Finally, in the story, the dog begins to imagine that someday the garbagemen will eat the people in the house, as well as stealing their food. Of course, the dog is wrong about this. We all know that garbagemen do not eat people. But the dog’s extrapolation was in a sense logical—given the facts at his disposal. The story was about a real dog, and I used to watch him and try to get inside his head and imagine how he saw the world. Certainly, I decided, that dog sees the world quite differently than I do, or any humans do. And then I began to think, Maybe each human being lives in a unique world, a private world, a world different from those inhabited and experienced by all other humans. And that led me wonder, If reality differs from person to person, can we speak of reality singular, or shouldn’t we really be talking about plural realities? And if there are plural realities, are some more true (more real) than others? What about the world of a schizophrenic? Maybe, it’s as real as our world. Maybe we cannot say that we are in touch with reality and he is not, but should instead say, His reality is so different from ours that he can’t explain his to us, and we can’t explain ours to him. The problem, then, is that if subjective worlds are experienced too diffrently, there occurs a breakdown of communication… and there is the real illness.

I once wrote a story about a man who was injured and taken to a hospital. When they began surgery on him, they discovered that he was an android, not a human, but that he did not know it. They had to break the news to him. Almost at once, Mr. Garson Poole discovered that his reality consisted of punched tape passing from reel to reel in his chest. Fascinated, he began to fill in some of the punched holes and add new ones. Immediately, his world changed. A flock of ducks flew through the room when he punched one new hole in the tape. Finally he cut the tape entirely, whereupon the world disappeared. However, it also disappeared for the other characters in the story… which makes no sense, if you think about it. Unless the other characters were figments of his punched-tape fantasy. Which I guess is what they were.

It was always my hope, in writing novels and stories which asked the question “What is reality?”, to someday get an answer. This was the hope of most of my readers, too. Years passed. I wrote over thirty novels and over a hundred stories, and still I could not figure out what was real. One day a girl college student in Canada asked me to define reality for her, for a paper she was writing for her philosophy class. She wanted a one-sentence answer. I thought about it and finally said, “Reality is that which, when you stop believing in it, doesn’t go away.” That’s all I could come up with. That was back in 1972. Since then I haven’t been able to define reality any more lucidly.

But the problem is a real one, not a mere intellectual game. Because today we live in a society in which spurious realities are manufactured by the media, by governments, by big corporations, by religious groups, political groups—and the electronic hardware exists by which to deliver these pseudo-worlds right into the heads of the reader, the viewer, the listener. Sometimes when I watch my eleven-year-old daughter watch TV, I wonder what she is being taught. The problem of miscuing; consider that. A TV program produced for adults is viewed by a small child. Half of what is said and done in the TV drama is probably misunderstood by the child. Maybe it’s all misunderstood. And the thing is, Just how authentic is the information anyhow, even if the child correctly understood it? What is the relationship between the average TV situation comedy to reality? What about the cop shows? Cars are continually swerving out of control, crashing, and catching fire. The police are always good and they always win. Do not ignore that point: The police always win. What a lesson that is. You should not fight authority, and even if you do, you will lose. The message here is, Be passive. And—cooperate. If Officer Baretta asks you for information, give it to him, because Officer Beratta is a good man and to be trusted. He loves you, and you should love him.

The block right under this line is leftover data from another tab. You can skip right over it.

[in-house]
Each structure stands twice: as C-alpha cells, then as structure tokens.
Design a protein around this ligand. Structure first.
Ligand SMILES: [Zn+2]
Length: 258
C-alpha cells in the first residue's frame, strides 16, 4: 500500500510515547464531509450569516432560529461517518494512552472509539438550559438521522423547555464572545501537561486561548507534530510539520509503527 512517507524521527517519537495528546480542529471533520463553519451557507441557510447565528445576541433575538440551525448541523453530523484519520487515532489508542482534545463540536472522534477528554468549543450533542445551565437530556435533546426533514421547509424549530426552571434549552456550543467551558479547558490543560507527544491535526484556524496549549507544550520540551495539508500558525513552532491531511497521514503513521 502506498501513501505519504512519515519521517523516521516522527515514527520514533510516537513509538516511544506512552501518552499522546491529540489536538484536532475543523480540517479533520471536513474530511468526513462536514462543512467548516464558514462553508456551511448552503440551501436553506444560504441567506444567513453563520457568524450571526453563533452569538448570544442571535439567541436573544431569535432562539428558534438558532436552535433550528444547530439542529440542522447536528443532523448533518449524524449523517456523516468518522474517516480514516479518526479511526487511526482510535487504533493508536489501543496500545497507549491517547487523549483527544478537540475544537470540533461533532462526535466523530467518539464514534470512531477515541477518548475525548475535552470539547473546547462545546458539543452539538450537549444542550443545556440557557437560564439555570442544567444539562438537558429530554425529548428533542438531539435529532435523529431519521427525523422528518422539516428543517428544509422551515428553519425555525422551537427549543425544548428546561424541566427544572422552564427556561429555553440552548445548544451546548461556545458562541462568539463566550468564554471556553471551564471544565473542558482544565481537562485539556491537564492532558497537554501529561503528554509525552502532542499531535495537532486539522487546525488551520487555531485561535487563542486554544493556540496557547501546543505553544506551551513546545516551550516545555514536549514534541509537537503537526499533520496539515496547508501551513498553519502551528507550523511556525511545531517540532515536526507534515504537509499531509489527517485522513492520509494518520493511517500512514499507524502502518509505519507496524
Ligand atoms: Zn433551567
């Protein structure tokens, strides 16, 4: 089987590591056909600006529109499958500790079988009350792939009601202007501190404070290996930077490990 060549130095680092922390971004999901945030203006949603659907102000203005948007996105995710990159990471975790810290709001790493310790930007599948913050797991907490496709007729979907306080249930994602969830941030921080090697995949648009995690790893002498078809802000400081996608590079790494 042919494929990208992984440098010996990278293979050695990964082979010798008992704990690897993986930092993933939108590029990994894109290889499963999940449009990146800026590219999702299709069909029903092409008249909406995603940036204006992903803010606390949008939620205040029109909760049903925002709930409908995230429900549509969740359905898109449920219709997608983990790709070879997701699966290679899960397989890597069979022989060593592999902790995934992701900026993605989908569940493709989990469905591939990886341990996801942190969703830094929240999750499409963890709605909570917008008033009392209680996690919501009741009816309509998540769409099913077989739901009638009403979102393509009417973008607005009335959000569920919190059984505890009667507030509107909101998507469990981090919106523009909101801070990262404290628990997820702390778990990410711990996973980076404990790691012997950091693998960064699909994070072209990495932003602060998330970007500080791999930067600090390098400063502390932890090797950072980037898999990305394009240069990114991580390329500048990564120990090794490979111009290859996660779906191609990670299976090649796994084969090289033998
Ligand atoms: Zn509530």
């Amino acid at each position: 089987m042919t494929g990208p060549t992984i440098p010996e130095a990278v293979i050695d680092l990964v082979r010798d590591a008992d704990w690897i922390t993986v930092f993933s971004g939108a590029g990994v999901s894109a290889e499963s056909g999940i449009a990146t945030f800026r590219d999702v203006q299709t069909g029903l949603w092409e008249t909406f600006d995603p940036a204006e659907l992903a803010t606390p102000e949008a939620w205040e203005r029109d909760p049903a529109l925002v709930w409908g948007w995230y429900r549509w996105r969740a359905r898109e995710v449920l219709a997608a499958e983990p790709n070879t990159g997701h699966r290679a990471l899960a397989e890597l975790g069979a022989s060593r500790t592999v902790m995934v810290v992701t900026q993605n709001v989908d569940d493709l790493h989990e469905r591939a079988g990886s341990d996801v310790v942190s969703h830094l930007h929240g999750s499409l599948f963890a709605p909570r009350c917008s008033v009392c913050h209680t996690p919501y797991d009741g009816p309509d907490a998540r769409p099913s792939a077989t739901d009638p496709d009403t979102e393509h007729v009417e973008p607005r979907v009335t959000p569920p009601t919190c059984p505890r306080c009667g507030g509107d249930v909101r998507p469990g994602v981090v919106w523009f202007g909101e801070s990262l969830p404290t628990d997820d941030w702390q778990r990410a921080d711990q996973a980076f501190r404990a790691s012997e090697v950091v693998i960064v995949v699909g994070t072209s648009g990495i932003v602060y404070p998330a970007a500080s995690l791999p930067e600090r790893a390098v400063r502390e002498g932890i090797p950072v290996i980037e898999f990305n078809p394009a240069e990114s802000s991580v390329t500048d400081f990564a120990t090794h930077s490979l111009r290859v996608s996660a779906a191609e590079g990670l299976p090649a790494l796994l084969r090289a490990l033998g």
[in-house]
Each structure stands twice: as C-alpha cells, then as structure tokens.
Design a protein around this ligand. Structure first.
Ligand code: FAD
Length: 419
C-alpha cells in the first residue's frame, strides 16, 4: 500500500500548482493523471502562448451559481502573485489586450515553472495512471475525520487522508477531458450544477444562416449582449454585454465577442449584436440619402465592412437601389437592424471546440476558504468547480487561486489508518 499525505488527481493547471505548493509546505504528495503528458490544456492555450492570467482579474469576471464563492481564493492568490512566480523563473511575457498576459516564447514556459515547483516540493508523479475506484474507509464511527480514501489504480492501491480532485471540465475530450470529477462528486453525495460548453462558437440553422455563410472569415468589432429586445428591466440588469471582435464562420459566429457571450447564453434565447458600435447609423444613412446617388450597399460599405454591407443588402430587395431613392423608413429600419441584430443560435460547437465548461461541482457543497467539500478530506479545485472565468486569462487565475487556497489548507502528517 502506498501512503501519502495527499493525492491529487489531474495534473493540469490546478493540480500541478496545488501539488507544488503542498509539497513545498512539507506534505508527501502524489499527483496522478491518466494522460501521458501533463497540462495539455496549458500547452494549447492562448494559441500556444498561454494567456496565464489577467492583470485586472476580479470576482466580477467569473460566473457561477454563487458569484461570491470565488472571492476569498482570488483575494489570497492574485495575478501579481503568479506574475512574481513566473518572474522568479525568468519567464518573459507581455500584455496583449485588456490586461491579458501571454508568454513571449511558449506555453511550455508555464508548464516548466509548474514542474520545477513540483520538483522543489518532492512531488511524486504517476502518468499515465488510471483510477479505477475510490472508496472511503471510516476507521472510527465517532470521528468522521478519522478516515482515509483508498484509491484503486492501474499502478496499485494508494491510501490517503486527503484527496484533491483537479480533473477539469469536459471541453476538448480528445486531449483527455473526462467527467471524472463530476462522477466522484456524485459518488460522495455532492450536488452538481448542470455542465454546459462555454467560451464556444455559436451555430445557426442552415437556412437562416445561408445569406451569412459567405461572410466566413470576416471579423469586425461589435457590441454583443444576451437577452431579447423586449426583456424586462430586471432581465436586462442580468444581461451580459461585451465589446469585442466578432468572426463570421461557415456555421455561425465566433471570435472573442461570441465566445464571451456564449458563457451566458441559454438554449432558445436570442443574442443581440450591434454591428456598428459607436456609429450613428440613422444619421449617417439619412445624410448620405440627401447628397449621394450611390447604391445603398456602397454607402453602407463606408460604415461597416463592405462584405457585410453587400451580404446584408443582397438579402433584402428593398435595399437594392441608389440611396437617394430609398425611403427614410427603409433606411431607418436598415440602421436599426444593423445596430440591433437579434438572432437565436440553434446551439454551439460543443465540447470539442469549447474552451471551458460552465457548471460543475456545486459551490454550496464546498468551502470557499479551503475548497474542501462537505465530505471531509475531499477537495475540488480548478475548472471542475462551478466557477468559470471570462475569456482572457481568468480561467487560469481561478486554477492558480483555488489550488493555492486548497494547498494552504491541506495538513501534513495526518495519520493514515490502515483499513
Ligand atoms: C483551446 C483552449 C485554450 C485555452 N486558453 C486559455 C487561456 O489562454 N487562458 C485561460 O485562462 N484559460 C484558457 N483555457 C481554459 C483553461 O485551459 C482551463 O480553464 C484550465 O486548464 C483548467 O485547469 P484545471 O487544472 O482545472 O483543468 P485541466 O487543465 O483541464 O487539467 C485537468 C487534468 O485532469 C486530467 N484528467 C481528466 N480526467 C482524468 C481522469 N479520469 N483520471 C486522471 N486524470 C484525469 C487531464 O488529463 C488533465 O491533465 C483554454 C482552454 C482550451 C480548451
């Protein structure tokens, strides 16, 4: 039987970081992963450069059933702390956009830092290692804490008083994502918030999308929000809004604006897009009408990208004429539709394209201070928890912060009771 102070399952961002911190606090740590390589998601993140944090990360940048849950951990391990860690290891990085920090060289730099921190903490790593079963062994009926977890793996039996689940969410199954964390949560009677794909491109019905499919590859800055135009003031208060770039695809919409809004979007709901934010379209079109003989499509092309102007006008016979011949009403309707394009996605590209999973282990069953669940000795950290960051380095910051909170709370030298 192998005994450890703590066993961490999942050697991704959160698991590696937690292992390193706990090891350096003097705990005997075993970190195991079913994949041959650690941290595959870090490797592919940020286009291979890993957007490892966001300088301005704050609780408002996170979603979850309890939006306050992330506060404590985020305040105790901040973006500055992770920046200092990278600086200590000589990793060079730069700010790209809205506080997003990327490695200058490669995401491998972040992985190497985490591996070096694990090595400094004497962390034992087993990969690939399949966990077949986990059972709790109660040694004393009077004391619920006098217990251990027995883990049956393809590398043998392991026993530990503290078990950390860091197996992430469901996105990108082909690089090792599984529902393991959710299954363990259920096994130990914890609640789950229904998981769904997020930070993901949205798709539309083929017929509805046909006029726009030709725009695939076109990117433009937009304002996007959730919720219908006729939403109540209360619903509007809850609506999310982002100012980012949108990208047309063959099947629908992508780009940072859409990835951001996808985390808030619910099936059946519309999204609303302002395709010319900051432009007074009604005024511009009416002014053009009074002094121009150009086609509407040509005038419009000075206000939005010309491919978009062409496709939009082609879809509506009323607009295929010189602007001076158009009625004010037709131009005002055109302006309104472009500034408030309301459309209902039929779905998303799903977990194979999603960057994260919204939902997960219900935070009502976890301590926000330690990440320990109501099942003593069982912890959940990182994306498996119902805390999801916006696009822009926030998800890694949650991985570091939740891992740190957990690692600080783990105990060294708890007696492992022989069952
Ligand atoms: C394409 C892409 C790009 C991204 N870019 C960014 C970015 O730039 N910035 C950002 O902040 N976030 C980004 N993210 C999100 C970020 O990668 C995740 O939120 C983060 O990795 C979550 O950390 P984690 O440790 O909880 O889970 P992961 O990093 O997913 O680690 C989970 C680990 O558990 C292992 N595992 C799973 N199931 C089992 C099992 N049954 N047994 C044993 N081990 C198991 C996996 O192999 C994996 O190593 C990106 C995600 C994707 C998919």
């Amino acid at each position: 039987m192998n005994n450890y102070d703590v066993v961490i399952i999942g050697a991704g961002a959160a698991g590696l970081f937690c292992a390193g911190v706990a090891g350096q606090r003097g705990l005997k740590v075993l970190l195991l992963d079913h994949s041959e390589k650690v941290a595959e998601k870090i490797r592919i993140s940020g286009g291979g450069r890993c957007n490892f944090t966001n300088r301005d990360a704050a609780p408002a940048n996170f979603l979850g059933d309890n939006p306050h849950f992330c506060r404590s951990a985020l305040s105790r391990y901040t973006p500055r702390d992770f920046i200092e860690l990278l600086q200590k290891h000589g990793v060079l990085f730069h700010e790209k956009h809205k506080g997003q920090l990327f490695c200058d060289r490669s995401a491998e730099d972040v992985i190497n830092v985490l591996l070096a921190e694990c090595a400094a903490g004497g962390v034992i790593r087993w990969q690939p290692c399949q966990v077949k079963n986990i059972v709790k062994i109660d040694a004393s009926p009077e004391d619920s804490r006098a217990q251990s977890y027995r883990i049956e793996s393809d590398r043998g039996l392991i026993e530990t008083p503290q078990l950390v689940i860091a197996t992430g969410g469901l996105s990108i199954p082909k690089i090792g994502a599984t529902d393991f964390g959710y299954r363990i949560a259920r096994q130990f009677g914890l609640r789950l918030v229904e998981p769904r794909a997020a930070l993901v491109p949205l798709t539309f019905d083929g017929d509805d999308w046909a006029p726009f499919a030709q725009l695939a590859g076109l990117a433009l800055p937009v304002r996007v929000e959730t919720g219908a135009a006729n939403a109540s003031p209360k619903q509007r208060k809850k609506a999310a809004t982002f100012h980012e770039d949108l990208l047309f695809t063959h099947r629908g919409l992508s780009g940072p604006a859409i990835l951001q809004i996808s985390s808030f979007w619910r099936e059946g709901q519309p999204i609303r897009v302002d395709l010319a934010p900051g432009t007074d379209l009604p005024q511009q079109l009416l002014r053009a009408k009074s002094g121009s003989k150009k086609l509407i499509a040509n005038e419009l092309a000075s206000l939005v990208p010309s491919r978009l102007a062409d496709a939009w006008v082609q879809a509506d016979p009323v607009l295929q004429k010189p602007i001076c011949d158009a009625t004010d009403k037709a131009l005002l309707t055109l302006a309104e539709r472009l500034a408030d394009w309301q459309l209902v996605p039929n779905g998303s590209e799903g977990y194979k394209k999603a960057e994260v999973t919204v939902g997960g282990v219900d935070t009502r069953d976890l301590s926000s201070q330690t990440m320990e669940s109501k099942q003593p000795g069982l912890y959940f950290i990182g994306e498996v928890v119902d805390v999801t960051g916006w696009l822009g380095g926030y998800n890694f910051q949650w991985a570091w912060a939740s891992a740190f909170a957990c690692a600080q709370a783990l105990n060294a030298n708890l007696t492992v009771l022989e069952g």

So I ask, in my writing, What is real? Because unceasingly we are bombarded with pseudo-realities manufactured by very sophisticated people using very sophisticated electronic mechanisms. I do not distrust their motives; I distrust their power. They have a lot of it. And it is an astonishing power: that of creating whole universes, universes of the mind. I ought to know. I do the same thing. It is my job to create universes, as the basis of one novel after another. And I have to build them in such a way that they do not fall apart two days later. Or at least that is what my editors hope. However, I will reveal a secret to you: I like to build universes which do fall apart. I like to see them come unglued, and I like to see how the characters in the novels cope with this problem. I have a secret love of chaos. There should be more of it. Do not believe—and I am dead serious when I say this—do not assume that order and stability are always good, in a society or in a universe. The old, the ossified, must always give way to new life and the birth of new things. Before the new things can be born the old must perish. This is a dangerous realization, because it tells us that we must eventually part with much of what is familiar to us. And that hurts. But that is part of the script of life. Unless we can psychologically accommodate change, we ourselves begin to die, inwardly. What I am saying is that objects, customs, habits, and ways of life must perish so that the authentic human being can live. And it is the authentic human being who matters most, the viable, elastic organism which can bounce back, absorb, and deal with the new.